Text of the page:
Hi - I have a ninth-grader starting at BHS in the fall. I'm looking for insight about the best teachers for an inquisitive, sensitive boy who is smart, vocal, engaged and eager to please, has good study habits but is not super-academic, and is very sociable. He is good at math, OK in English and social studies, loves sports. He needs creativity and adults who are not punitive, but who motivate and encourage and are not afraid of dialogue. He has spent the last 6 years in small independent schools. He applied for CAS and did not get in (like Anonymous, I have no clear idea why). He also is a child of color, so I'm afraid he'll be shuttled into the low-achieving classes because of his race and the fact we don't live in the hills. Any advice about good, challenging teachers/classes for my child? Any insight about the BHS system is welcome. Thanks! nervous mom
I work at Berkeley High as an Instructional Assistant and I have a son who attends Berkeley High. It has been my experience that, as a scool policy, you are not allowed any choice over what teachers your son will have. I've had the opportunity to work in quite a few different classrooms and the majority of the teachers I've observed have been very dedicated and good at relating to students. I wouldn't worry about your son being tracked into lower- acheiving classes due to race. If he was doing OK, acedemically, in middle school he should start out on the same level as the majority of incoming freshmen.As long as he does his work, puts in an adequate effort, passes his classes and does not have serious behavioral or attendance problems, he should do well at Berkeley High. Eleanor
I don't know how to say this to you, NERVOUS MOTHER, but at BHS one does not get to pick teachers for one's children. My daughter started BHS a couple of years ago, was admitted to CAS, but declined the acceptance because she knew she would be interested in Academic Choice as a sophomore, (A.C. is not available to freshmen), and thought it would not be fair to take advantage of CAS and its teachers during the 9th grade only to switch in the 10th. She is not of color and lives in the hills and suffered thru an incompetent 9th grade math teacher. So, you see, neither race nor address played a part...so hopefully, if your child does not luck out with wonderful teachers...please do not attribute it to anything else but the luck of the draw.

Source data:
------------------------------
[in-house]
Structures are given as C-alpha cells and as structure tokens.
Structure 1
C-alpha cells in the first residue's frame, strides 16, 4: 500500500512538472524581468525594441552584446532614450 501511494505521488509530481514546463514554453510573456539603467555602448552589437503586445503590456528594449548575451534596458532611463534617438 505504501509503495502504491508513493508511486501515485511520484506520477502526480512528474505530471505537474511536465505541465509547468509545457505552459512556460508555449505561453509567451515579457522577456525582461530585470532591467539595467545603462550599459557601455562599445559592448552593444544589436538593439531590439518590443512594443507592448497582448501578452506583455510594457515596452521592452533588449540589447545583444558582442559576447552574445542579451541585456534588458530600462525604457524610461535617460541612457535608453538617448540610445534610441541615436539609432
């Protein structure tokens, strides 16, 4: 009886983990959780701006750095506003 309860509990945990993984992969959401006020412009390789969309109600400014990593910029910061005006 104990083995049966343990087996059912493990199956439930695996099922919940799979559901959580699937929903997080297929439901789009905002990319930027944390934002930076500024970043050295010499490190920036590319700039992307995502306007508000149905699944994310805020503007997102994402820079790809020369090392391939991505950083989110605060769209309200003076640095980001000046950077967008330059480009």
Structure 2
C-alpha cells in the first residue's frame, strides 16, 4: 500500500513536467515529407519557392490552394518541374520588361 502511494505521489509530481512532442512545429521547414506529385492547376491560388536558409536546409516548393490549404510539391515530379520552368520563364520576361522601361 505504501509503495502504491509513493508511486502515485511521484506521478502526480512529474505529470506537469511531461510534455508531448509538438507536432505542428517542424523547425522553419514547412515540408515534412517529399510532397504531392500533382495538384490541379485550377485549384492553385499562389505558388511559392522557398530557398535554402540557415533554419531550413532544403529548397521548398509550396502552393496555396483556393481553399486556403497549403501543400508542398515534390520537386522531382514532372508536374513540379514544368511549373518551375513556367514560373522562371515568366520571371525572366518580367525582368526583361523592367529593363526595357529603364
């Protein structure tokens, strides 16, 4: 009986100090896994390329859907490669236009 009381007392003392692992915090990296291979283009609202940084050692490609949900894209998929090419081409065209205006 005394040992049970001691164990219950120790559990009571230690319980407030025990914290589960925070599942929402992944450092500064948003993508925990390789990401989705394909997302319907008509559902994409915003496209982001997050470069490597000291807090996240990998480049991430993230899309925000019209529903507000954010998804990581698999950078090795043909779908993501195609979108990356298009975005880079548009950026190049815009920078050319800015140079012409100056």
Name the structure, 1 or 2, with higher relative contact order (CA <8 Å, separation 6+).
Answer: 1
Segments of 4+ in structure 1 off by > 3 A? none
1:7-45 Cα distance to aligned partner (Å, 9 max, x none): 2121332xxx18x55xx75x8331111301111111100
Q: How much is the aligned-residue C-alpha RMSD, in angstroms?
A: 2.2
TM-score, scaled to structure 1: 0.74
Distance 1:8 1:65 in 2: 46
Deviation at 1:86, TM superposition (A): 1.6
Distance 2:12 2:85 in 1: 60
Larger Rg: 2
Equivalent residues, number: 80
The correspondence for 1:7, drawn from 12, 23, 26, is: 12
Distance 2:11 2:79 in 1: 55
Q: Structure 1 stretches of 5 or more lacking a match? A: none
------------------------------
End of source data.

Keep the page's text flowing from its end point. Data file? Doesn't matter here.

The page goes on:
Most importantly, if you pass on to your child the feeling that if he does not always have extraordinary experiences, at BHS or elsewhere, that it is solely due to his race or status, you will be doing him a great disservice.
There was a time when older students selected teachers at Berkeley High, but no longer. So it doesn't really matter what teachers are good. He will get who they assign. If he likes sports, I recommend that he sign up for a team. It is a good way to make friends, and it also allows more freedom in the schedule for electives. If he signs up for Latin, he will get Ms. Herdon and Ms. Morrison, both great teachers, and great kids take the class, so that approach is works well. In addition, you might try signing up for Academic Choice, which is not a small school. I think anyone gets in, but they have few students of color according to a school newspaper article I just read, so they would be happy to be more diverse. Maybe you could get another student of color to join with your son, so he has a buddy. It is a program for kids who care about their education. The expectations are supposed to be just a little bit higher. I don't know if this is true, but it is worth a try. I don't think the school will ''shuttle him into low achieving classes'' because of his color. I think it is the students who segregate themselves.
BHS doesn't really work the way you think. Hills or flatlands makes no special difference. The ninth grade core classes tend to have a broad range of kids, advanced and lagging in all of them. This is particularly true of the English and IES classes. Other classes split the kids more because of subject matter - Honors Geometry for example has only kids who like or are pretty good at math. Doing Latin or German as languages will guarantee your child a great teacher, where with other languages it's more of a lottery. Ceramics, photo, orchestra, and drama are electives where they have a good chance of a terrific teacher. In tenth grade kids can join Academic Choice where they have more teachers that will encourage them to stretch themselves, for example in world history. A lot depends on kids having a good group of supportive friends - either from middle school or through a particular club or interest or sport. Fiona